“So it’s more ride than die.” Sometimes I’m sad that I don’t have a brother or a sister, maybe they could have helped with the whole Mom disaster.
All the baseball equipment is stored away in some shed, Ben acts like he always does. Friendly, polite, a buddy.He’s even back to carrying my luggage. And I follow him like a sheep, it’s easier than thinking myself.
Until my phone rings. Miho.
“Sorry, I have to take this.”
“Sure thing, go ahead.”
I take a few steps away from him, answer the phone.
“Where are you?”
“Right now? Uh, at the baseball park.” Did I forget something? Did something wrong?
“Okay, you gotta haul ass and get over here. I have a clothing related problem and I need your help.”
“Oh god, please don’t tell me he tied you to the bed with a satin tie and somehow knocked himself out and now you can’t get free anymore.”
The short moment of silence gives me the chance to recapitulate my words.
“I think we have to talk about some of the things you do in your free time one day, but right now is not the time.” She’s serious, and so I turn back to Ben, shrug at him.
“Sure, if it’s that urgent I will be there in-” a quick glance at my watch follows “-15 minutes, tops.”
“Good, clock’s ticking.” She hangs up, not aware of my bewilderment or she simply doesn’t care.
“Sorry, something came up, I have to go and help a friend.”
“Is this one of those faked emergency calls? Because it would wound me deeply if you would ditch me here and not even tell me why.” He tilts his head, a silent prompt for me to say the truth.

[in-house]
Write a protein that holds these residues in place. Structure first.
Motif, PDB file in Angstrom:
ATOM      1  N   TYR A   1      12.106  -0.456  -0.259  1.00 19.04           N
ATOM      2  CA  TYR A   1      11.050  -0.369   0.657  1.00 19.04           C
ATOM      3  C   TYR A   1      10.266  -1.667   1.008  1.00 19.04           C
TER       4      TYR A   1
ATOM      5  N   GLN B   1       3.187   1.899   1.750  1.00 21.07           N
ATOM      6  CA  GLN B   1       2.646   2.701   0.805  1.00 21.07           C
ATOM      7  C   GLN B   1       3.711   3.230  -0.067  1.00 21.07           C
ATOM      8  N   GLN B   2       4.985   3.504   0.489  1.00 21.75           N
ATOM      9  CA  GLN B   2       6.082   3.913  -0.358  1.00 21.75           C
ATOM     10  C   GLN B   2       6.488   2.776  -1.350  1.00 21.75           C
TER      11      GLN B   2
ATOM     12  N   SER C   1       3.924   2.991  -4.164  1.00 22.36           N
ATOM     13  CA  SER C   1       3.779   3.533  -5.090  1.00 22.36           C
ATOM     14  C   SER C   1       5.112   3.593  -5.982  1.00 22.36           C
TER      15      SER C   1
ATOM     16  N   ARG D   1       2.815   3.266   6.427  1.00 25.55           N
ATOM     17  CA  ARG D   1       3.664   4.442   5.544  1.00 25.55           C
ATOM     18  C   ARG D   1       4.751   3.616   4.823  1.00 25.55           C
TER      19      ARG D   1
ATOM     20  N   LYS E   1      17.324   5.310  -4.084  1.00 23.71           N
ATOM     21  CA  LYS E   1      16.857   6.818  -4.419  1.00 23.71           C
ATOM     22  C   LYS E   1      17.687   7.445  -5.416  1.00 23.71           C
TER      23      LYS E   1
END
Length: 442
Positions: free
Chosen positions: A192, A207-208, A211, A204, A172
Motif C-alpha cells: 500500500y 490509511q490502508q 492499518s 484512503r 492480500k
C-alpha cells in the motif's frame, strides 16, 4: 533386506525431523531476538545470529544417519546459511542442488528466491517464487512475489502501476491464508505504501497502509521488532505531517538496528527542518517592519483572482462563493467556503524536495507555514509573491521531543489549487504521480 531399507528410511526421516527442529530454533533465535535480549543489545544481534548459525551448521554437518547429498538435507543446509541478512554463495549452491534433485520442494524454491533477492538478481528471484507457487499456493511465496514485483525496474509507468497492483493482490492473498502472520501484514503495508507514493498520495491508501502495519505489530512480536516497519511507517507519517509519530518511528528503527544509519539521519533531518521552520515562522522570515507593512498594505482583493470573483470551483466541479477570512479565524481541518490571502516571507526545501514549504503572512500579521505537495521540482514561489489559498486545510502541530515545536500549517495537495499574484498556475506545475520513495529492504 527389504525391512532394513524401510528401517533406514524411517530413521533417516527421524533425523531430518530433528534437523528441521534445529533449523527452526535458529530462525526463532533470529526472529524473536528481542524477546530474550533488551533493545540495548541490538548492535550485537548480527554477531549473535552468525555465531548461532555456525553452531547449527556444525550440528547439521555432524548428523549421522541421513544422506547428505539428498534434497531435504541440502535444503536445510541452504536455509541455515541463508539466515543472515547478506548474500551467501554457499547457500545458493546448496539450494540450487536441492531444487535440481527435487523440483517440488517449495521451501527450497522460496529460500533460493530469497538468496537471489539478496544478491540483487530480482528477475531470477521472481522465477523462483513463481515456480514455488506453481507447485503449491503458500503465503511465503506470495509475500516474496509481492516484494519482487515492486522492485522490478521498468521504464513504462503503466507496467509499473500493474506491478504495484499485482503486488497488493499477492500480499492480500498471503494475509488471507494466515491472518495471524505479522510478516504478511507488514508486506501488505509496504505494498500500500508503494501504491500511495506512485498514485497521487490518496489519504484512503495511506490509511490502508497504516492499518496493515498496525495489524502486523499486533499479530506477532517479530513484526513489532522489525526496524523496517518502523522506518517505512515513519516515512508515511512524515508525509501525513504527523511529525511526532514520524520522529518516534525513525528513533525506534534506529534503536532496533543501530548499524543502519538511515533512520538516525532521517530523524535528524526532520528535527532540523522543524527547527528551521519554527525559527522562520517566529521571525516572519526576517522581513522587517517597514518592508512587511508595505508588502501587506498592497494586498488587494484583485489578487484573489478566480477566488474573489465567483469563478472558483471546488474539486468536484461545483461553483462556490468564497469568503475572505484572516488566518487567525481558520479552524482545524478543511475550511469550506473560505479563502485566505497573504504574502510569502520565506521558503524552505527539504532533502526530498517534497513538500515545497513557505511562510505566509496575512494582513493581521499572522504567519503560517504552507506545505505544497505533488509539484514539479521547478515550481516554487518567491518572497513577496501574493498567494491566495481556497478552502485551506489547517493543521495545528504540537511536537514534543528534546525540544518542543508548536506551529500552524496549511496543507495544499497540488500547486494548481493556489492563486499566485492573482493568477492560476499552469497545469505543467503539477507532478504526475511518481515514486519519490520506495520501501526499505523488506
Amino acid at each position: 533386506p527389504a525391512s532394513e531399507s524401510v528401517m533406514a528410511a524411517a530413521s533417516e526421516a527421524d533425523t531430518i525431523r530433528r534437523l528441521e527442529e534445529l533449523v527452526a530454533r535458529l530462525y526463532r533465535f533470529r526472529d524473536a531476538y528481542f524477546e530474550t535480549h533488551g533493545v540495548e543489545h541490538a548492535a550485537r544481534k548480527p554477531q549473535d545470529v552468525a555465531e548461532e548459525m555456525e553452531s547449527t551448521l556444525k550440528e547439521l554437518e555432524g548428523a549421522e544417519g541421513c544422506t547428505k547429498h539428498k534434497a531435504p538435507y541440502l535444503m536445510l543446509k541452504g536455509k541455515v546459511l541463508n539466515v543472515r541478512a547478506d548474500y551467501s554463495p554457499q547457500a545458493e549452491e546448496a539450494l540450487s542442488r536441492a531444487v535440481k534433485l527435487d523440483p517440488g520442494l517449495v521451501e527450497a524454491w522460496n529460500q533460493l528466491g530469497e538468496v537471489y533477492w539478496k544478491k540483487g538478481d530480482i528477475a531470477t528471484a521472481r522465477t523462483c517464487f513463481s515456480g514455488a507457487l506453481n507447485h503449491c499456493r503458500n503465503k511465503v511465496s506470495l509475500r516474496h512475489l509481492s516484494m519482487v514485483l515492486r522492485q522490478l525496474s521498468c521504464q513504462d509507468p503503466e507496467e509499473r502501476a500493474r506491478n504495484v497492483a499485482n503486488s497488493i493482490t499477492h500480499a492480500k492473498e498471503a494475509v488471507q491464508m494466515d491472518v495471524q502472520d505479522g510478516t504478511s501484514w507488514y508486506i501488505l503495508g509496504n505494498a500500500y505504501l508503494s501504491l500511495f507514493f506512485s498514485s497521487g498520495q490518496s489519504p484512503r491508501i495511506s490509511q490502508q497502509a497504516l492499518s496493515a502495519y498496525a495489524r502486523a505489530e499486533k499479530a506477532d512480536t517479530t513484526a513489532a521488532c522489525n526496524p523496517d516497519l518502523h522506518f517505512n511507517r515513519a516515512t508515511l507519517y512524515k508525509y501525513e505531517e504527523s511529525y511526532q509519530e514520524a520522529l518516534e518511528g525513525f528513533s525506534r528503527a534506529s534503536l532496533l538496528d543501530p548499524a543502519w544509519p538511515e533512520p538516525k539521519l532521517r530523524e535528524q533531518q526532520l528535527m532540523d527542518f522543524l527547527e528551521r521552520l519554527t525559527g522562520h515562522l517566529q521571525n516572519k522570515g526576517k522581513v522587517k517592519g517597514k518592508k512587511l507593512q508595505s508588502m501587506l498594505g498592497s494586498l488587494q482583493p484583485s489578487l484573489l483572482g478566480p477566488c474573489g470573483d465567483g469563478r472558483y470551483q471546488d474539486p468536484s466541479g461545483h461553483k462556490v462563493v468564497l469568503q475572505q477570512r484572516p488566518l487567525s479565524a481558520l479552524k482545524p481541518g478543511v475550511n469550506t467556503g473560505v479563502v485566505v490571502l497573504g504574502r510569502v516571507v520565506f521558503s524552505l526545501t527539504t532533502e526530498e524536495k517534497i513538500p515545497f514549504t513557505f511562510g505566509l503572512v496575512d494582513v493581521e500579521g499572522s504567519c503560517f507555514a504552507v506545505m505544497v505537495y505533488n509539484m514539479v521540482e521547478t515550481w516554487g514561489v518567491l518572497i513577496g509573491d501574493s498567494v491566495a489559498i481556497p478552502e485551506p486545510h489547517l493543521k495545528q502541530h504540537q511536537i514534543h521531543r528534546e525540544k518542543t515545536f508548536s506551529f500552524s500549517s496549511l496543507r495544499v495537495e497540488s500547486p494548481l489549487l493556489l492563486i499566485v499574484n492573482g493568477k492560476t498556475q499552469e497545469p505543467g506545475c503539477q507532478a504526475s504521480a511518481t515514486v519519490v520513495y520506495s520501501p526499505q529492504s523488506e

“No, it’s real. Miho Fujiwara. We hang out all the time since I’m back and she just had a date so I guess something went either really bad or incredibly well.”
“So it’s nothing I did, right?”
I assure him that nothing he did today could make me fake an emergency call and he offers me to take me to Miho’s place by car. I’m ringing her doorbell after less than ten minutes.
I halfway expect her to welcome me in a satin robe, overly dramatic with a cocktail in her hand. The robe was a good guess, but it’s cotton and an unflattering grey, probably once white before too many rounds in the washing machine dyed it its current color.
“What took you so long?” she grumbles and I follow her into her bedroom, shocked by the sight of what seems to be an exploded closet. Clothes are strewn everywhere, blouses, pants, dresses, skirts. Even a few Halloween costumes.
“What happened here?!”
“I told you I need help.” Unladylike she plops down on her bed, sends a few pieces of clothes towards the floor in a small avalanche.
“Yeah, but that could mean anything from ‘I can’t choose between the red and the blue dress’ to ‘help me lace up my leather corset’.”
At least one piece of clothes I haven’t seen lying around here. Yet.
“Jared asked me to be his date for this dinner thing and I have no idea what to wear. Something with his business partners, but everyone can bring dates.”
“You are moving fast.” I pick up a nice lavender dress but Miho shakes her head before I can even say a thing.
“That doesn’t fit anymore.”
“It’s easy to get lost in this heap of fabric so we put back the things she rules out from the start, slowly fill her closet until the floor is visible again.
“I like that blue one,” I point at a dark blue shift dress. “Do you know what he’s going to wear?”
“A suit, I guess.” Hey eyes glass over briefly, I can practically see the inappropriate thoughts running through her head.
“Yeah, figured. I mean what color.” Although matching outfits might be a bit much at this point.
“No clue. Should I ask him?”
“Nah, it’s not the prom. You just pick something you like and feel good in.”
“The burgundy one?” The dress she shows me is nice, but unspectacular.
“No. It should be classy and wha-wha-whoom enough to make his head explode.” I throw a black one towards her. “Try this on.”
While I’m looking for matching shoes she throws it over, turns her back to me so I can zip her up.
“Put a push-up bra on and he won’t be able to walk straight.”